Born at Patjantja, south-west of Lake Mackay c.1930 Willy Tjungurrayi was raised by his father’s brother, Charlie Tarawa Tjungurrayi, one of the founding members of the Western Desert art movement. It was his uncle’s camels and assistance that brought the family and other Pintupi people to Haasts Bluff in December 1956 and from there, eventually, on to Papunya.
In June of 1974 Willy participated in a visit to Yayayi, Kulkuta and Yawalyuru (back to country) sponsored by the Australian Institute for Aboriginal Studies, an event that also included his brother Yala Yala Gibbs Tjungarrayi, John Tjakamarra, George Yapa Tjangala along with others.Willy began painting for Papunya Tula Artists in 1976 and joined the move back to the Pintupi homelands during the early ’80s.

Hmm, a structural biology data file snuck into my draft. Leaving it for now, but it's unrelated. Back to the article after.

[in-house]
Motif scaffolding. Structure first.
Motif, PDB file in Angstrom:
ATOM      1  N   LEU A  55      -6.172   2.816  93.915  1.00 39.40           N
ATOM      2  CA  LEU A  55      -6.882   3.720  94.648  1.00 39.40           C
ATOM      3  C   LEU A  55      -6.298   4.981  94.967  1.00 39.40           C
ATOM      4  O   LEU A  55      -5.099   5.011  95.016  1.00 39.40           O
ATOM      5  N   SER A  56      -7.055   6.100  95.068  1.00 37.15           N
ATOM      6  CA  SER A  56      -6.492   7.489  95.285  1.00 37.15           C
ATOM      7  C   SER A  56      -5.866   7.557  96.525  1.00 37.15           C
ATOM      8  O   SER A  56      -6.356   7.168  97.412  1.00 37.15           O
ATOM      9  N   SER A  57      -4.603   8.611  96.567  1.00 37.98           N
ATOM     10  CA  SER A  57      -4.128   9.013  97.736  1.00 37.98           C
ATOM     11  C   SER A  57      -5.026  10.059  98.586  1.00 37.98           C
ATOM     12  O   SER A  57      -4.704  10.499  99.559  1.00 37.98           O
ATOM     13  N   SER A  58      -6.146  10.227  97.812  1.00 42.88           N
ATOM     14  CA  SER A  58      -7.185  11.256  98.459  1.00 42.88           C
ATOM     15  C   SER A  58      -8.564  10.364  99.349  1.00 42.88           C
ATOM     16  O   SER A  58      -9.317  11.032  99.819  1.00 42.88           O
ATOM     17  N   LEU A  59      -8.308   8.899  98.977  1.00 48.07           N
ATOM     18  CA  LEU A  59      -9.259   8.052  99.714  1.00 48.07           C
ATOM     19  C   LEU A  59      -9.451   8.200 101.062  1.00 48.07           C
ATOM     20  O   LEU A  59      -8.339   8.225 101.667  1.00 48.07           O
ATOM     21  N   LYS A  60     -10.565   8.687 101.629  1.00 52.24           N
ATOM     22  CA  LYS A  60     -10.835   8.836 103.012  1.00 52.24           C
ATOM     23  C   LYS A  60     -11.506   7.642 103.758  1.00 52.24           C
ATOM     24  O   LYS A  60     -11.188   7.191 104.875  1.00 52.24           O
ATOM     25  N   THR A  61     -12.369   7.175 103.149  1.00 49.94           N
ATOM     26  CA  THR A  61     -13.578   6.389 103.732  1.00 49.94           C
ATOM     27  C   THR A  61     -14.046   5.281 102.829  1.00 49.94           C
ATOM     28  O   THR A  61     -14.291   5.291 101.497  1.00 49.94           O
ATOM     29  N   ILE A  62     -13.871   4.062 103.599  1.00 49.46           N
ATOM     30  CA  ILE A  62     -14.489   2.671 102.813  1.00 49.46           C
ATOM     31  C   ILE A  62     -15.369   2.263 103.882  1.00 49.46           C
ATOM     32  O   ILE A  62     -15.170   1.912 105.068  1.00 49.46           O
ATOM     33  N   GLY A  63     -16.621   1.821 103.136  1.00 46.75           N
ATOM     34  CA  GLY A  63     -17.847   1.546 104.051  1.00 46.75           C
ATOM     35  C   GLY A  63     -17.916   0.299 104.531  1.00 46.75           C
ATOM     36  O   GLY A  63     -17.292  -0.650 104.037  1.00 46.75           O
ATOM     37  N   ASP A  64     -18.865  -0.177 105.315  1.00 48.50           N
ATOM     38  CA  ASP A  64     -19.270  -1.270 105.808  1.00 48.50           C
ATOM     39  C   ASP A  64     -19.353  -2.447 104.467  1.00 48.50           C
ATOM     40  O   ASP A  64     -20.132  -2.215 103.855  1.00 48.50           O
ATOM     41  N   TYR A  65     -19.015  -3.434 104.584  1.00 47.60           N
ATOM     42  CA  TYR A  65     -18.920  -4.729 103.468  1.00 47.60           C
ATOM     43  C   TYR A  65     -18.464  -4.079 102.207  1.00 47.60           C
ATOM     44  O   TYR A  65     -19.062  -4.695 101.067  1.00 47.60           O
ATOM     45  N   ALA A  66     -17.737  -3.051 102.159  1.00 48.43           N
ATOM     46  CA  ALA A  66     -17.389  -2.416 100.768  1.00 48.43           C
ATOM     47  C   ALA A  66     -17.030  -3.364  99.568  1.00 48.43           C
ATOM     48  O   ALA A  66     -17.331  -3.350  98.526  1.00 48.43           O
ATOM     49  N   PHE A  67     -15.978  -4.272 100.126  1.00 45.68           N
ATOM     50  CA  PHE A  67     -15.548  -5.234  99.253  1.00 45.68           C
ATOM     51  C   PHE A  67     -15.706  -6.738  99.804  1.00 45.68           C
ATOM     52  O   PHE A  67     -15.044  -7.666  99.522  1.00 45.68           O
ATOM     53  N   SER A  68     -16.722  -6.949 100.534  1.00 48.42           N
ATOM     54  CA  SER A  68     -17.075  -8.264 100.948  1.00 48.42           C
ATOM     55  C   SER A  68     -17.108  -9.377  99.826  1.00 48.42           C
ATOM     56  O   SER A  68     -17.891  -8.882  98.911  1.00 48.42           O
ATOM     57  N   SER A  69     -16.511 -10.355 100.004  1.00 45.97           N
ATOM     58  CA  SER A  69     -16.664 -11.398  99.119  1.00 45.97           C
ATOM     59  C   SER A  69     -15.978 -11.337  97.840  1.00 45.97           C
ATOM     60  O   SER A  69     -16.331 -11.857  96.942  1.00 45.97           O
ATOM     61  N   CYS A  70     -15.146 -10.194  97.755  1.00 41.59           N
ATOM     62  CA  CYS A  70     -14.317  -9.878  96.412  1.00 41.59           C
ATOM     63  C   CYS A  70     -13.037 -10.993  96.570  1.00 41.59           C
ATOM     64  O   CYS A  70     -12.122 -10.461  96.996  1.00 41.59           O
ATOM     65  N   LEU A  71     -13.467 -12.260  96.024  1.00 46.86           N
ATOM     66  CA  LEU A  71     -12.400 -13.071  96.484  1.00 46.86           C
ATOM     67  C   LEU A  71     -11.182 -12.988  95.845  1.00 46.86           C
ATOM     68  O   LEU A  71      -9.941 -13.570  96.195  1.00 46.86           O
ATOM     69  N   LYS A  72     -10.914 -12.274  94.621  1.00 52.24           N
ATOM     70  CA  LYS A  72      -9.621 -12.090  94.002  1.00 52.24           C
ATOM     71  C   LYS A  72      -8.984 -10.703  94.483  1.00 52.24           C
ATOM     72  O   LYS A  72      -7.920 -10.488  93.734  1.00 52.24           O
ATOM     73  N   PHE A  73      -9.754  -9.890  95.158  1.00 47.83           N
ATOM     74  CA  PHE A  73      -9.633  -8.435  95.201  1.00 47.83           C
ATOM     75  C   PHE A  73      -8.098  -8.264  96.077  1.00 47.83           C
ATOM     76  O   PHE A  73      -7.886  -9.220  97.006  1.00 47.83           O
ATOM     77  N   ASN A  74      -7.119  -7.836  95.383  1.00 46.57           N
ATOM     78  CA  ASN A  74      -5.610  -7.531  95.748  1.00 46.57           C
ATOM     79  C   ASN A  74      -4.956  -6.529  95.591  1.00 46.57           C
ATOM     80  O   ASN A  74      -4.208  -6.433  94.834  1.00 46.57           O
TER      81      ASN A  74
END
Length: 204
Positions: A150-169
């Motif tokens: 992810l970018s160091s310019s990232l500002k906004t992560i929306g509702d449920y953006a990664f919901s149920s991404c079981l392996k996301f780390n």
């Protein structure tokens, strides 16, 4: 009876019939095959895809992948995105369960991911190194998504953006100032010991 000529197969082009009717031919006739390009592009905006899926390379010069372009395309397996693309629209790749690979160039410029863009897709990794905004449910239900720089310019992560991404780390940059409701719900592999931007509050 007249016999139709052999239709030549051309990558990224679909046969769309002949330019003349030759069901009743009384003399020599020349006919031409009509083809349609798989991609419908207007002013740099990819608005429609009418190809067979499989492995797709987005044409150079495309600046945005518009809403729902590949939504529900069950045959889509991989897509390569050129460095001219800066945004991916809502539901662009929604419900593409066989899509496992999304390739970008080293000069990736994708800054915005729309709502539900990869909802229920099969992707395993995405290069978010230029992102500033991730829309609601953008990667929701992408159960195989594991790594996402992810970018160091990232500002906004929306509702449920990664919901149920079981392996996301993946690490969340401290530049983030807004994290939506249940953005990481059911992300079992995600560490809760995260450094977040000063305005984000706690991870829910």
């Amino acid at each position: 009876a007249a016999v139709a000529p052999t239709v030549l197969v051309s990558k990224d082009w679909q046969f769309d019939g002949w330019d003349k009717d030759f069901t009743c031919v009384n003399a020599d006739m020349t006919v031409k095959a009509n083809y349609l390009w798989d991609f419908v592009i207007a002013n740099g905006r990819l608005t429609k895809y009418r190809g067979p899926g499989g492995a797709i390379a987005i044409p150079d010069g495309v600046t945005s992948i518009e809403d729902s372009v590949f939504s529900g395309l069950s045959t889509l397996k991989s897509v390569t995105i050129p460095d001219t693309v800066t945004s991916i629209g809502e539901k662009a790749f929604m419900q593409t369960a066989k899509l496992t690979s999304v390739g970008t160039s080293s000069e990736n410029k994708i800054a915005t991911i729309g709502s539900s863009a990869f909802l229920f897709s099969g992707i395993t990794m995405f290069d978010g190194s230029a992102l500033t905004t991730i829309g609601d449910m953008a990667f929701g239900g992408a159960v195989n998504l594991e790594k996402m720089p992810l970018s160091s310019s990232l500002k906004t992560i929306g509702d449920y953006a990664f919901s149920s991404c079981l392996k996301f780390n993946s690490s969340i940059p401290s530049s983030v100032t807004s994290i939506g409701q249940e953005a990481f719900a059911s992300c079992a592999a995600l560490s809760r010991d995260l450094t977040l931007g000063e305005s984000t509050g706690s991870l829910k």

His paintings became more abstract in his later years, moving away from the Tingarri stories, common to many of the Pintupi men, towards his Sand-hills and Hail Storm at Kaarkurantintja paintings. These paintings use rhythmic lines and dots to demonstrate the story about a large group of ancestors who traveled long distances to Kaarkurantintja only to die in a hail storm.